Compulsory Licensing in the wake of Pandemic


This post is written by Kavya Agrawal a student of Gujrat National Law University, Gandhinagar.

In the wake of this covid-19 pandemic, the countries are facing a lot of scarcity and insufficiency in the supply of a large number of commodities like medicines, sanitizers,  PPE’s, diagnostic kits and ventilators. This outbreak has led the whole world to battle for a drug to cure the virus and prevent it’s further community spread. The world health organisation (WHO) has been planning to carry out a clinical trial of vaccine on a huge mass of people. It has been experimented on animals and it has turned out to be pretty effective. The drugs which are to be tested include Remdesivir, Lopinavir,Chloroquine and Hydroxychloroquine. The availability of all these commodities is not only affected by the sealing of the National and International borders but also the patent law under the intellectual property rights. A patent is a right granted to an inventor by the federal government that permits the inventor to exclude others from making, selling or using the invention for a period of time. The patent system is designed to encourage inventions that are unique and useful to society. The existence of this law restricts the manufacturing of these essential commodities in the wake of this pandemic by other companies and hence, almost all the countries today have shifted to the compulsory licensing system.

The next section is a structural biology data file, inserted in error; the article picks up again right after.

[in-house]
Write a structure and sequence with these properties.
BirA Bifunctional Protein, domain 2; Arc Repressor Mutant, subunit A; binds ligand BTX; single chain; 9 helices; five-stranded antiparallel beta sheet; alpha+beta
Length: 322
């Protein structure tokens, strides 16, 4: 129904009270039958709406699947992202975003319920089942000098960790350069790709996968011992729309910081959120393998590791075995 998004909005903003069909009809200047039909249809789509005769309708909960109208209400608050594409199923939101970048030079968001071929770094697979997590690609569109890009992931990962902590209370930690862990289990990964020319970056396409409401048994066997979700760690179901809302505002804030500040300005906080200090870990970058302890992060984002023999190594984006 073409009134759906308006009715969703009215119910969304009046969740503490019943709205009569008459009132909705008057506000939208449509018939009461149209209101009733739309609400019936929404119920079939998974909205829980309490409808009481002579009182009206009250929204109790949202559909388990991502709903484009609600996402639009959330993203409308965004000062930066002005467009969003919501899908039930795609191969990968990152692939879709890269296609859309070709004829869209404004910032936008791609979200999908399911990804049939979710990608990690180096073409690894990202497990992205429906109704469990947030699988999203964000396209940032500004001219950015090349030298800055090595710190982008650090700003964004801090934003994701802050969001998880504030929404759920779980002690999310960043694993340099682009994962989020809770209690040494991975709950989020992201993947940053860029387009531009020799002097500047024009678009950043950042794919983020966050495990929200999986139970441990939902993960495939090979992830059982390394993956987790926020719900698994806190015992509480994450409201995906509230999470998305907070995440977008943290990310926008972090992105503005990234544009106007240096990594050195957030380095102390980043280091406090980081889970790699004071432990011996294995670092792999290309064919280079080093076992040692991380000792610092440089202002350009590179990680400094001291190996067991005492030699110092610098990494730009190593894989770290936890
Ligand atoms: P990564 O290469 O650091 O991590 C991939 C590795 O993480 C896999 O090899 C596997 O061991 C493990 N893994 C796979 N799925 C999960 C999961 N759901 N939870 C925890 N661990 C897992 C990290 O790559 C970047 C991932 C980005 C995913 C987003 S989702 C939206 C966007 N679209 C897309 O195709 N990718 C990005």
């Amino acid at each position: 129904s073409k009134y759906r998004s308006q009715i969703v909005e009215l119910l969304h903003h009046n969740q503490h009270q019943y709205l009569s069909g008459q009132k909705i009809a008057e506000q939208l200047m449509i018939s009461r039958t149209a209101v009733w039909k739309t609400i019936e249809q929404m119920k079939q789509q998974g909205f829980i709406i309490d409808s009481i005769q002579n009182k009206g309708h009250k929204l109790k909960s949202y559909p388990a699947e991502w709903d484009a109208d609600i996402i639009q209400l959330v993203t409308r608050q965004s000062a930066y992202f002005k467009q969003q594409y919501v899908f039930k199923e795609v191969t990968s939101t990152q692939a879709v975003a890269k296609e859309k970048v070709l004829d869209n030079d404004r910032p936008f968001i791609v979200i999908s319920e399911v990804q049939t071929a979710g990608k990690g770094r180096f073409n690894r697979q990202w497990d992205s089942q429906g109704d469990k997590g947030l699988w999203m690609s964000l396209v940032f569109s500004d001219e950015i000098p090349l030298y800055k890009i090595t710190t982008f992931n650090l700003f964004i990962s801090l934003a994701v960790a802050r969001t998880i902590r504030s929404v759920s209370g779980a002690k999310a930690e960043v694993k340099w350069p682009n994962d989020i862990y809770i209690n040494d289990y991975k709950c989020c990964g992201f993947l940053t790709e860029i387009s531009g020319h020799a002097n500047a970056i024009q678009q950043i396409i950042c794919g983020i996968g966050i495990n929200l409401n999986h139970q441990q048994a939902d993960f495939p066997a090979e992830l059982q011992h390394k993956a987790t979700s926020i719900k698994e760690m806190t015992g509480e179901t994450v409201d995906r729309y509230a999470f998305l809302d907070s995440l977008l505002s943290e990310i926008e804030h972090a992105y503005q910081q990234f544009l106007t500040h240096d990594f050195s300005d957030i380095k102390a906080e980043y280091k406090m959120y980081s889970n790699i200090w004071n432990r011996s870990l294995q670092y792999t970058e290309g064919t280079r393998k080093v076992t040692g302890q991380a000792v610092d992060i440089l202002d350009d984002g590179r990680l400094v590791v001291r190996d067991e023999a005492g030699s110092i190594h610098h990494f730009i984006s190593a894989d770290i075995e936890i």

Compulsory licensing is when a government allows someone else to produce a patented product or process without the consent of the patent owner or plans to use the patent-protected invention itself. In india, this system is read under Chapter XVI of the Indian Patent Act, 1970. There are certain conditions required for the provision of compulsory licensing which are discussed below:

Under section 84, it states that any person can file a request for compulsory licensing from 3 years after grant of patent if any of the following conditions satisfy:

  1. Requirements of the public aren’t getting fulfilled
  2. The invention has not worked within the Indian territory
  3. The invention isn’t available to the public at an affordable price.

Section 92(4)(1), states that the Government of India can grant compulsory license in case of any patent in the case of a National emergency or if it feels that the patent is not being used effectively by the patent company. If the only purpose of granting the license is controlling the emergency, then the license comes to an end as soon as the emergency is in control.  Any person who is interested manufacturing the patented products can do so by applying a request for compulsory licensing but should in turn, assure that the products manufactured by them would be available to the public at an affordable price and they would not take any undue advantage of the same.

Section 100 of the Patents Act provides that if the Government is unable to reach an agreement with the patents owner about the royalty that would be paid to them, the matter can be refered to the High Court also. The amount decided should be communicated with the patent owner as early as possible except when there is a national emergency being faced.